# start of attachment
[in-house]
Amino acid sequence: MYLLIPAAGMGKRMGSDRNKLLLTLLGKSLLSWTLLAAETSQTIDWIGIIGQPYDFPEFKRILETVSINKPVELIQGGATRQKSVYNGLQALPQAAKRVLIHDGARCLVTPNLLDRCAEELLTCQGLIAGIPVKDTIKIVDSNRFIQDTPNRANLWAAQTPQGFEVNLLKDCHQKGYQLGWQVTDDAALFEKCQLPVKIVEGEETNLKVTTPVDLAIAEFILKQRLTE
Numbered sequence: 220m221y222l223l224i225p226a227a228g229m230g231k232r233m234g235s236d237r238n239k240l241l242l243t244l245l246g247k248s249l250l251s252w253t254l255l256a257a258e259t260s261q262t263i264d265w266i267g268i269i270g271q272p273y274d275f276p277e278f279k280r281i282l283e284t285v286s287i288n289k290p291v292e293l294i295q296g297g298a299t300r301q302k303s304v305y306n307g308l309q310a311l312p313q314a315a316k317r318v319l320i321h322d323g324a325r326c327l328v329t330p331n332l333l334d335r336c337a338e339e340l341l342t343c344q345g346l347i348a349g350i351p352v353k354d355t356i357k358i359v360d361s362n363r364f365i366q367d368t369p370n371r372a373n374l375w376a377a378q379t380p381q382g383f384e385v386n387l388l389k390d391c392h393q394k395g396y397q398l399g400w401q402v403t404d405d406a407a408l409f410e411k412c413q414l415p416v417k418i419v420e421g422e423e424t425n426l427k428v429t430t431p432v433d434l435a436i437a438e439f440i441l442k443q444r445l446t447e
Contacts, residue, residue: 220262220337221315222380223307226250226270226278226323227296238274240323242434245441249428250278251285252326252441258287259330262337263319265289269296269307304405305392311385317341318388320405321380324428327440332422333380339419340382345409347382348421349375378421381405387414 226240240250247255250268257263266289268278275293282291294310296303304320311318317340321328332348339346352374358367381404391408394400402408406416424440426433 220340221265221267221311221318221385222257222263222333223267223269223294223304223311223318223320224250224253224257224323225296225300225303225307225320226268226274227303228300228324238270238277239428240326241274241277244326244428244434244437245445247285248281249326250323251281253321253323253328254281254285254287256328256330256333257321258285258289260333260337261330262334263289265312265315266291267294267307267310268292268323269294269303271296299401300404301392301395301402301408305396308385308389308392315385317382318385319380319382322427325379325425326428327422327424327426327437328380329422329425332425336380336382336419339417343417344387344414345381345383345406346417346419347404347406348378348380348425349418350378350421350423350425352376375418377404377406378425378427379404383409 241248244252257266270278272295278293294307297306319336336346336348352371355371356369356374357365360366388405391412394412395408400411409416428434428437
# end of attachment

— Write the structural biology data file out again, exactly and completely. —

[in-house]
Amino acid sequence: MYLLIPAAGMGKRMGSDRNKLLLTLLGKSLLSWTLLAAETSQTIDWIGIIGQPYDFPEFKRILETVSINKPVELIQGGATRQKSVYNGLQALPQAAKRVLIHDGARCLVTPNLLDRCAEELLTCQGLIAGIPVKDTIKIVDSNRFIQDTPNRANLWAAQTPQGFEVNLLKDCHQKGYQLGWQVTDDAALFEKCQLPVKIVEGEETNLKVTTPVDLAIAEFILKQRLTE
Numbered sequence: 220m221y222l223l224i225p226a227a228g229m230g231k232r233m234g235s236d237r238n239k240l241l242l243t244l245l246g247k248s249l250l251s252w253t254l255l256a257a258e259t260s261q262t263i264d265w266i267g268i269i270g271q272p273y274d275f276p277e278f279k280r281i282l283e284t285v286s287i288n289k290p291v292e293l294i295q296g297g298a299t300r301q302k303s304v305y306n307g308l309q310a311l312p313q314a315a316k317r318v319l320i321h322d323g324a325r326c327l328v329t330p331n332l333l334d335r336c337a338e339e340l341l342t343c344q345g346l347i348a349g350i351p352v353k354d355t356i357k358i359v360d361s362n363r364f365i366q367d368t369p370n371r372a373n374l375w376a377a378q379t380p381q382g383f384e385v386n387l388l389k390d391c392h393q394k395g396y397q398l399g400w401q402v403t404d405d406a407a408l409f410e411k412c413q414l415p416v417k418i419v420e421g422e423e424t425n426l427k428v429t430t431p432v433d434l435a436i437a438e439f440i441l442k443q444r445l446t447e
Contacts, residue, residue: 220262220337221315222380223307226250226270226278226323227296238274240323242434245441249428250278251285252326252441258287259330262337263319265289269296269307304405305392311385317341318388320405321380324428327440332422333380339419340382345409347382348421349375378421381405387414 226240240250247255250268257263266289268278275293282291294310296303304320311318317340321328332348339346352374358367381404391408394400402408406416424440426433 220340221265221267221311221318221385222257222263222333223267223269223294223304223311223318223320224250224253224257224323225296225300225303225307225320226268226274227303228300228324238270238277239428240326241274241277244326244428244434244437245445247285248281249326250323251281253321253323253328254281254285254287256328256330256333257321258285258289260333260337261330262334263289265312265315266291267294267307267310268292268323269294269303271296299401300404301392301395301402301408305396308385308389308392315385317382318385319380319382322427325379325425326428327422327424327426327437328380329422329425332425336380336382336419339417343417344387344414345381345383345406346417346419347404347406348378348380348425349418350378350421350423350425352376375418377404377406378425378427379404383409 241248244252257266270278272295278293294307297306319336336346336348352371355371356369356374357365360366388405391412394412395408400411409416428434428437